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View Full Version : home on a separate partition is not mounted



joeki
12-13-2002, 07:53 AM
Hi

I made a hdinstall of knoppix and everything works, but not the
mount of the home partition which I have entered in the fstab.

Somwhere there seems to be a script which is running during boottime
which changes the mount procedure.

Maybe someone can help

Kind Regards
Jochen

hamatoma
01-10-2003, 12:19 AM
On my system the mount of the home partition works fine.

What says "mount /home"?
Nothing: check the rights and ownership of fstab. Else I have no other idea!

Anything else:
* Check your entry in FSTAB,
* Check the correctness of /dev/hdaX (X is the number of your partition). (After a crash last year I lost some special files in /dev)
Nothing found? Please write the message from mount and your fstab. Perhaps someone has an idea.

Regards
Hamatoma

SUOrangeman
01-12-2003, 08:10 PM
I can relate to the original post. Even though I've correctly stated this in /etc/fstab, not everything gets mounted at boot. And when I comment out all of my edits, some of partitions are mounted.

I think a part of the situation, and I don't know why, depends on what is mounted when you 'chroot' to your new install and run lilo. After I completed running the knx-hdinstall script, I modified my install area to taste. I backed out of the mount point so I could 'chroot' and noted that some of my mods in the new /etc/fstab were now listed in /etc/mtab but not mounted. I still haven't figured out the right combination of edits, and wonder if something else runs at boot that intervenes with mounting partitions.

-SUO

fitsnips
01-15-2003, 11:03 PM
/dev/hda5 /home ext3 defaults 0 0,

Just change ext3 to what ever your fs is.

RobEoh
01-15-2004, 05:55 AM
No matter what I add to /etc/fstab, something is appending entries to the file that negate the entries I've made on boot. I can manually mount the partitions fine after boot, but I would like to automount. It may be autofs, but 'cat /proc/filesystems' doesn't show it and /etc/auto.master doesn't exist. Editing /etc/auto.mnt doesn't seem to have an effect. Is it /etc/mtab or something else I'm missing?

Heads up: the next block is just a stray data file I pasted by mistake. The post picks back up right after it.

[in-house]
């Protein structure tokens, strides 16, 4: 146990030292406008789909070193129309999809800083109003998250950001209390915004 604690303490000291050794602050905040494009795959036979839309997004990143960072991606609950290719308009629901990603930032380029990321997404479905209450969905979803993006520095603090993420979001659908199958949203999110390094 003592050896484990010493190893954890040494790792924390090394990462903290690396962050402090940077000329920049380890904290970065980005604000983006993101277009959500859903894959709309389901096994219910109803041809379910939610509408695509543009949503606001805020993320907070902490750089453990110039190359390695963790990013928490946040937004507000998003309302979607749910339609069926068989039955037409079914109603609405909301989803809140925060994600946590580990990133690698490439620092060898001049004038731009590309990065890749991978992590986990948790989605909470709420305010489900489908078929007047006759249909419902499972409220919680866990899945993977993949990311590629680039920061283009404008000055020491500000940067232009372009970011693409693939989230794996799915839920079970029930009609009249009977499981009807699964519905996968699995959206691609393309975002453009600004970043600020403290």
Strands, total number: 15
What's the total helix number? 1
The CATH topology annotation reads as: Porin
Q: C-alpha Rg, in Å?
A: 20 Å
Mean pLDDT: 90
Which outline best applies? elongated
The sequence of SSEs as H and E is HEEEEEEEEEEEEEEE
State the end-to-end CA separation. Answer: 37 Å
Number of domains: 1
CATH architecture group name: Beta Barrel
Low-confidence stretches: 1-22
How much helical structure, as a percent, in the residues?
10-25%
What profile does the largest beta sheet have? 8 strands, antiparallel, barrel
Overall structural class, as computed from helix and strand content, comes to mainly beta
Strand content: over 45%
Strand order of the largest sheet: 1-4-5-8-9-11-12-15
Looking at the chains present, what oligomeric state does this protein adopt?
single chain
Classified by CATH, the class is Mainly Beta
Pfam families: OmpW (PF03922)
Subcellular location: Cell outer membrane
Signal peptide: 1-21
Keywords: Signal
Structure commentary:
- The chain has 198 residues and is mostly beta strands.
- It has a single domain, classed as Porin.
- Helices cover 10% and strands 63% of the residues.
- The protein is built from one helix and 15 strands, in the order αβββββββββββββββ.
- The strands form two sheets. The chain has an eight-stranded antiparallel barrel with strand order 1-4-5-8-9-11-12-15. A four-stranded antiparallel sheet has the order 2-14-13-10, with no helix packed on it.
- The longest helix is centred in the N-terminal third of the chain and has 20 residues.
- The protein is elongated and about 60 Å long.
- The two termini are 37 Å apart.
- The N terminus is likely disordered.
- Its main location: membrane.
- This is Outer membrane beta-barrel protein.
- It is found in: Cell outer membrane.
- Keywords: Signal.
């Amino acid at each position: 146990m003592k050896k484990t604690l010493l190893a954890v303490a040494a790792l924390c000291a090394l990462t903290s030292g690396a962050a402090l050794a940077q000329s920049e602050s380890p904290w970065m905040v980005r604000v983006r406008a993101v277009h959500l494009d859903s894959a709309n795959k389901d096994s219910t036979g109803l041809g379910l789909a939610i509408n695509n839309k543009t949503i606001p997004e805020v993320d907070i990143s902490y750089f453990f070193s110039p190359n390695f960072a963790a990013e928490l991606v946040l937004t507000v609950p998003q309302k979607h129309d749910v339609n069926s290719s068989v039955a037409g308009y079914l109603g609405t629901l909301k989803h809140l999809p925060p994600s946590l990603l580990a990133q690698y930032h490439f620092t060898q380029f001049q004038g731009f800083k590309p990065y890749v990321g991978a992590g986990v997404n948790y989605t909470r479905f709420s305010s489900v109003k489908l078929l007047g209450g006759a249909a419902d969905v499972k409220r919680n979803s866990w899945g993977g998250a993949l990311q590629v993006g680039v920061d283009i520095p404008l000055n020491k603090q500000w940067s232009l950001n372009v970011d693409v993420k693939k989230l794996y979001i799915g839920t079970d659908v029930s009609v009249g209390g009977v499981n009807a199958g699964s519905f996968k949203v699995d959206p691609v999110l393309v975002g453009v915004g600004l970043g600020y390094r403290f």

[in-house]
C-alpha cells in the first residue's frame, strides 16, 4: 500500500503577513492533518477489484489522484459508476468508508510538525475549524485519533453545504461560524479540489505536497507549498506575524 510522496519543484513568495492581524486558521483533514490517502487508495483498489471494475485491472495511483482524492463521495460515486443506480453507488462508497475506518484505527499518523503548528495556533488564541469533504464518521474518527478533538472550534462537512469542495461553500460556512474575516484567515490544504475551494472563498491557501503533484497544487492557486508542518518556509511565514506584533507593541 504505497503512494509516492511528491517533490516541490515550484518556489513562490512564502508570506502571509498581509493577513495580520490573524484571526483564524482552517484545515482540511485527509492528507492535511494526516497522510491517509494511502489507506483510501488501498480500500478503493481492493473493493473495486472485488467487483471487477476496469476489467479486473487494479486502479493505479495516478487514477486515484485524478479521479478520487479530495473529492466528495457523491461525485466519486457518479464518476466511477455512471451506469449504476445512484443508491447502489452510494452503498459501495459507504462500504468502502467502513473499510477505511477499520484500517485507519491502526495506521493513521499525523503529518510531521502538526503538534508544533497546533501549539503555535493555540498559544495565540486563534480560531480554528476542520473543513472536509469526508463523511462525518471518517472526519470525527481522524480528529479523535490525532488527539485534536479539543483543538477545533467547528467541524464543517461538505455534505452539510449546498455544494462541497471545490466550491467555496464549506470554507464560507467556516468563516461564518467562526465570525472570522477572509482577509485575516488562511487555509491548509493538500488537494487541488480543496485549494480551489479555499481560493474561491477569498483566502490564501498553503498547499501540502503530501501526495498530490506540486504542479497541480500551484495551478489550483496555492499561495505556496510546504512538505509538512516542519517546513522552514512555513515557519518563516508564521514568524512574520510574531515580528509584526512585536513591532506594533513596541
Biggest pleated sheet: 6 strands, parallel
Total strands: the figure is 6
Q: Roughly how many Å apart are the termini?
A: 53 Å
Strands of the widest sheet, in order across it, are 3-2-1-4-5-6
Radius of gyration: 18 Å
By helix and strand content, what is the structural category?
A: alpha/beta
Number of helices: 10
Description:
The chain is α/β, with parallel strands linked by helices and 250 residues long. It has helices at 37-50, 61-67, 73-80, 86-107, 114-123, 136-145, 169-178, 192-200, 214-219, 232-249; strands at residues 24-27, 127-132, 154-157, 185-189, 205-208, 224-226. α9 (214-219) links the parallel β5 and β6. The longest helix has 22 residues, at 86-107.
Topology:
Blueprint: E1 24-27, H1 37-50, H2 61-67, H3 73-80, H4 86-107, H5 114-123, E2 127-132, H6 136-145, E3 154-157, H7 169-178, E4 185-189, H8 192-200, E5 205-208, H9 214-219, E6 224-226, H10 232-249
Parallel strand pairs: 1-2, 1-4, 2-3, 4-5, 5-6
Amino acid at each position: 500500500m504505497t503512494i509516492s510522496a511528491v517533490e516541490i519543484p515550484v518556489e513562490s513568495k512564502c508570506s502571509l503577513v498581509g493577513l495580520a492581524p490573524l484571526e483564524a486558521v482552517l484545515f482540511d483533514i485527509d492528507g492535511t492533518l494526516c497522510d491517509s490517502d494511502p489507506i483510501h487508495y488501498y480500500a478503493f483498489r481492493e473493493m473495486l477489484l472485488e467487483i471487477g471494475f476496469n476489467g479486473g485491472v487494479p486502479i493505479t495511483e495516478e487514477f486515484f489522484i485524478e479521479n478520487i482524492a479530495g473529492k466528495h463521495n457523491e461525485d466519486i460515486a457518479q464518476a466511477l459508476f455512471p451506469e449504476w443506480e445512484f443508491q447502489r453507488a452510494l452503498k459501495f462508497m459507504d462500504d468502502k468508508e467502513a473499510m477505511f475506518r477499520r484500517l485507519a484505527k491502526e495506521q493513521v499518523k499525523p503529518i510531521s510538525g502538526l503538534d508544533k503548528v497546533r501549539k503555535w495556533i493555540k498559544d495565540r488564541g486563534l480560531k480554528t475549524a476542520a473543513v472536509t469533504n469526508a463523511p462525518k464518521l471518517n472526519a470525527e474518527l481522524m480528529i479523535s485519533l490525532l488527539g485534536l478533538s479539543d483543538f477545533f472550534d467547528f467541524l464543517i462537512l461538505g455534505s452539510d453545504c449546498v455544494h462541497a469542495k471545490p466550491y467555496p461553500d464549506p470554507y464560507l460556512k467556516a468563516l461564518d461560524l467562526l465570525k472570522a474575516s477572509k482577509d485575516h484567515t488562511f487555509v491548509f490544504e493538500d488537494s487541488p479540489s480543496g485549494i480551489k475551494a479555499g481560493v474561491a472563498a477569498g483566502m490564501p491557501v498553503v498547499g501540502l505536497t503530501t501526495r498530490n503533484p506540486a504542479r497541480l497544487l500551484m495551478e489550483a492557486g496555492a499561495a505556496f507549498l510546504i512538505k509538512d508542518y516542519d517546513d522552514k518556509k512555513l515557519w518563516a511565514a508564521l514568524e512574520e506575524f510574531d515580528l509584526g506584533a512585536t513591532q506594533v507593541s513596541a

fingers99
01-15-2004, 01:07 PM
fitsnips has it right.

You need to comment out (put a # at the start of a line) any conflicting entries for thae device in question.

Then, after saving the new /etc/fstab, do (as root)

mount -a

RobEoh
01-15-2004, 05:09 PM
Thanks for the post(s).

The issue seems to not be with an incorrect entry in fstab, but with a script being run at boot time that adds new lines to fstab. So, for instance, if I manually edit fstab to mount hda3 with the auto option, something comes in and adds a line below it for hda3 with noauto option. My assumption is all lines are executing correctly and the overall effect is to negate previous entries in the file. So the key seems to be to find the script that is adding the entries and modifyi it.

Also, do I have it right that if a device is in fstab then it is not necessary to 'mount /dev/hd* /mnt/hd*' ? This is definately a newbie Q but I've got to ask it.

fingers99
01-15-2004, 06:43 PM
Also, do I have it right that if a device is in fstab then it is not necessary to 'mount /dev/hd* /mnt/hd*' ? This is definately a newbie Q but I've got to ask it.

It's a good question to ask.

If there is no entry in /etc/fstab you'll be unable to mount the device.

So an entry only makes it possible for it to be mounted.

man fstab

and

man mount

should make things pretty clear (read them in conjunction with looking at your /etc/fstab).

Just a thought -- you did edit /etc/fstab as root? Do:

su
(enter root password)

gvim /etc/fstab



then hit the "i" key to get into insert mode. Everything else you can do with the mouse.

RobEoh
01-15-2004, 07:49 PM
Thanks for your reply and clarifying the role of fstab.

Yes I edit it in vi as root. It's owned by root and, of course, belongs to group root.

As I read about automount and autofs, it's interesting that the docs suggest there should be /etc/auto.master. However, this standard install of DSL contains /etc/auto.mnt instead. It reads very much like the auto.misc. So, I'm left wondering what is really acting on fstab.

Perhaps I should uninstall autofs and see what happens? Does anyone know the how to uninstall it?

GlennsPref
01-18-2004, 06:43 AM
try this to find what gets changed during boot.
straight after your system has booted, open a console, "su" to change to root/super-or-substitute user, "cd /proc" to change to the processor dir.
then type this in "dmesg |more" (without quotes) see how you go.

fingers99
01-18-2004, 05:07 PM
Just a thought:

is this:

a knoppix install

a debian install

or a

knx-hdinstall?

RobEoh
01-19-2004, 04:28 AM
Fingers,

This an install of DamnSmallLinux, a scaled down version of Knoppix.

Glenn,
Where else might 'dmesg' be? It's not in /proc and 'locate' comes up empty.

Rob

GlennsPref
01-20-2004, 03:40 AM
:lol: sorry buddy, I'm a newb at linux, I'm using Knoppix 3.3.
I think it may be a debugging message, hence "dmesg" . The only thing I can think of (being a newb) is that you may have missed the pipe (|) characture or that your os is different. CHEERS. ps. spaces must be in the right places and linux is caps sensitive